Golden Pumpkin Coconut Soup – Gkaeng Liang Fak Tong
A Recipe of Kasma Loha-unchit
Recipe Copyright © 1997 & 2005 Kasma Loha-unchit.
See Kasma's Blog on Kabocha Squash.
This recipe is also called, in Thai, Gkaeng Liang Gkati Fak Tong. This is an updated version of this recipe, which originally appeared on this site in 2000. Here's the original version of the recipe.
- About 1 1/2 lb. well-ripened kabocha squash, or pumpkin
- Juice of one lime
- 1/3 lb. fresh shrimp
- 2-4 fresh red jalapeno of fresno peppers, chopped
- 2-3 shallots, chopped
- 1 Tbs. gkabpi shrimp paste
- 1 1/2 cups water
- 4 cups, or 2 cans, coconut milk
- 1-2 Tbs. fish sauce (nahm bplah), or to taste
- 1 Tbs. or more palm sugar – as needed to balance flavors
- 1 cup fresh lemon basil (bai maenglak), or lemon mint, or substitute with fresh Thai sweet basil (bai horapa) – in whole leaves, use flower buds also
- Garnish: short sprigs of lemon basil, lemon mint or Thai basil
Cut the kabocha squash or pumpkin in half, scoop out the seeds and strings, peel and discard the tough outer skin. Cut into 1 to 1 1/2-inch cubes (should yield about 5 to 6 cups). Sprinkle and coat the pieces with lime juice and set aside.
Shell the shrimp and place in a blender or food processor with the chopped peppers, shallots, shrimp paste and 1/2 cup of water. Puree into a smooth, well-blended mixture.
Reserve two cups of the thickest cream from the top of the 2 cans of coconut milk. Set aside. Pour the remaining lighter milk, along with the remaining 1 cup of water into a medium-size soup pot. Stir in the pureed shrimp mixture and mix well to dissolve the paste in the liquid, smoothing out any lumps.
Bring the soup mixture to a boil over medium heat, stirring to a smooth consistency. Add the kabocha squash or pumpkin chunks. Return to a boil and simmer over low to medium heat until the squash is soft and tender (20 to 30 minutes, depending on the squash). Do not be concerned at this point with the appearance of the soup as it will change considerably with the addition of the coconut cream.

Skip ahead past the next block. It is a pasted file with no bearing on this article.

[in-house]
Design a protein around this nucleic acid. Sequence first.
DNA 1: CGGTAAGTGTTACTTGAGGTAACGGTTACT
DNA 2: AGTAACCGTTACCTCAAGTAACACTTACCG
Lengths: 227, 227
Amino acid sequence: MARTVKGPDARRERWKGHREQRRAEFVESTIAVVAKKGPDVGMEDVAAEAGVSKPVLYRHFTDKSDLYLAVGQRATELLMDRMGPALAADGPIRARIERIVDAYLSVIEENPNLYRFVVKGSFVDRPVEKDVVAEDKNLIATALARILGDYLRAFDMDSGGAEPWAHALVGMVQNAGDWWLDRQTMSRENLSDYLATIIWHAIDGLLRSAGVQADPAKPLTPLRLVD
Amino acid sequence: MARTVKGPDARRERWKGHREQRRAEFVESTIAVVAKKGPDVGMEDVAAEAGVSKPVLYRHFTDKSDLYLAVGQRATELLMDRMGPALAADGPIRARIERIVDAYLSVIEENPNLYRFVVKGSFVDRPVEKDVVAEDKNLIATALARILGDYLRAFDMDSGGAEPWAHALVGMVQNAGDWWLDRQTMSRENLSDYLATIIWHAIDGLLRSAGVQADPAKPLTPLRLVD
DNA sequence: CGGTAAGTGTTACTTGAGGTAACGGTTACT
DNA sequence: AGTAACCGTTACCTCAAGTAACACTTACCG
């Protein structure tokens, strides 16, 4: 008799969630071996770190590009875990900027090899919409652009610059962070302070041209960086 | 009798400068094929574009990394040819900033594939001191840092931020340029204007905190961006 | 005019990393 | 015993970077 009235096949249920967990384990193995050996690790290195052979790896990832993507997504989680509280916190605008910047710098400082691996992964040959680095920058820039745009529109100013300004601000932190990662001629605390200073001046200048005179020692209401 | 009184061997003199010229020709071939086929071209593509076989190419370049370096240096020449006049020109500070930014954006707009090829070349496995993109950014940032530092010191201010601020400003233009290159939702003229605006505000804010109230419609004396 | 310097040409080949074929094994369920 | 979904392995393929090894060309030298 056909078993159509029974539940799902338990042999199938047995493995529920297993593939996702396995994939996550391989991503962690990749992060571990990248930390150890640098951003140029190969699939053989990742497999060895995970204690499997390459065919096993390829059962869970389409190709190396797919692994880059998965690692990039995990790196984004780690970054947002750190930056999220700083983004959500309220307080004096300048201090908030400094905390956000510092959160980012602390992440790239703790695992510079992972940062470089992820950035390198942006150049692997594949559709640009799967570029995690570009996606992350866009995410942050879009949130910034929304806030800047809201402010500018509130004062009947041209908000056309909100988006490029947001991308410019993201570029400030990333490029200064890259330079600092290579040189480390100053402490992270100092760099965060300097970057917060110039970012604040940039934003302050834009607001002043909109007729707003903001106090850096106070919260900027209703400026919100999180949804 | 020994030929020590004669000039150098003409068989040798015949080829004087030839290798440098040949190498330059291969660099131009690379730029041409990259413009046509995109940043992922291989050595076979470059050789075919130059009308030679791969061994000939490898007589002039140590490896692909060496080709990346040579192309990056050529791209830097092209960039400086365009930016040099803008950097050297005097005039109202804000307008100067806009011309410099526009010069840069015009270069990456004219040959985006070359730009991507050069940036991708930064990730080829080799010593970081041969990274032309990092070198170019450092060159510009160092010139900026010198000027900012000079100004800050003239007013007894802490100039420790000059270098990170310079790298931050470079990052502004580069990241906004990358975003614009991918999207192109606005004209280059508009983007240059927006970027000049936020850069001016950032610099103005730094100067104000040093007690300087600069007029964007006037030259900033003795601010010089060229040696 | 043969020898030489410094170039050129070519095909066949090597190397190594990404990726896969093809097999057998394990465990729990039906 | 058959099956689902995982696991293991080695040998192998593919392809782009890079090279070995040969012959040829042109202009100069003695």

Add the reserved coconut cream* and bring to a boil over medium heat. Season with fish sauce to the desired saltiness. The squash should impart a lovely golden color to the soup. If it is not sufficiently ripe to sweeten the soup, add palm sugar to sweeten to your liking. Simmer a couple of minutes to allow the flavors to blend. Stir in the lemon basil or lemon mint (or Thai basil) and when they have wilted, turn off heat.
Serve warm, garnishing the top of each bowl with a sprig of lemon basil, lemon mint or Thai basil.
* Adding the coconut cream near the end of cooking ensures a smoother, creamier soup and minimizes the likelihood of the cream curdling. Coconut cream, particularly from canned coconut milk, will tend to curdle if boiled with water for too long or over too high a heat.
Notes and Pointers:
The squash I grew up knowing as "pumpkin" is a much different variety from the bright orange ones that are carved and decorated as jack-o'-lanterns for Halloween. Smaller, flatter and more disc-shaped, its mottled dark green peel turns to a dull greyish green, tinged with spots of yellow and light orange as it ripens. Inside, the flesh is a vibrant golden yellow, hence we call it "golden squash." Relatives to the golden squashes of home are the kabocha and the kalabasa. Tasty and sweet, both these varieties revive recollections of my favorite flavors from childhood. Brought to us here by Japanese American farmers, the kabocha (meaning "little pumpkin") is now widely available not only in Asian markets, but in supermarkets and neighborhood grocery stores as well. It is prized by Southeast Asian immigrants as can be seen by its availability in most of their markets, to the exclusion of other "pumpkins." Kalabasa, on the other hand, is only beginning to become popular and its availability is still limited.
Besides desserts and sweet treats (see sangkaya), we use golden squashes in different stages of ripeness for a wide variety of dishes, including soups, salads, appetizers, pickles, vegetable courses and curries.
For a delicious pumpkin soup, use a ripe kabocha squash - one with peel that has turned a light greyish green, splashed with splotches of yellow and orange. But it shouldn't be so old that it has dried out. Pick one with a good weight for its size. If the squash is under-ripe (i.e., still deep green in color), use a natural sweetener such as palm or coconut sugar to help bring its nutty flavor through the coconut milk. A green kabocha squash will ripen when stored in a well ventilated area for several weeks, or even a few months, so I always have one on hand. It is pretty to look at in the hanging basket in my kitchen. If you are not able to find kabocha, substitute with a good variety of winter squash that has a sweet and buttery flavor.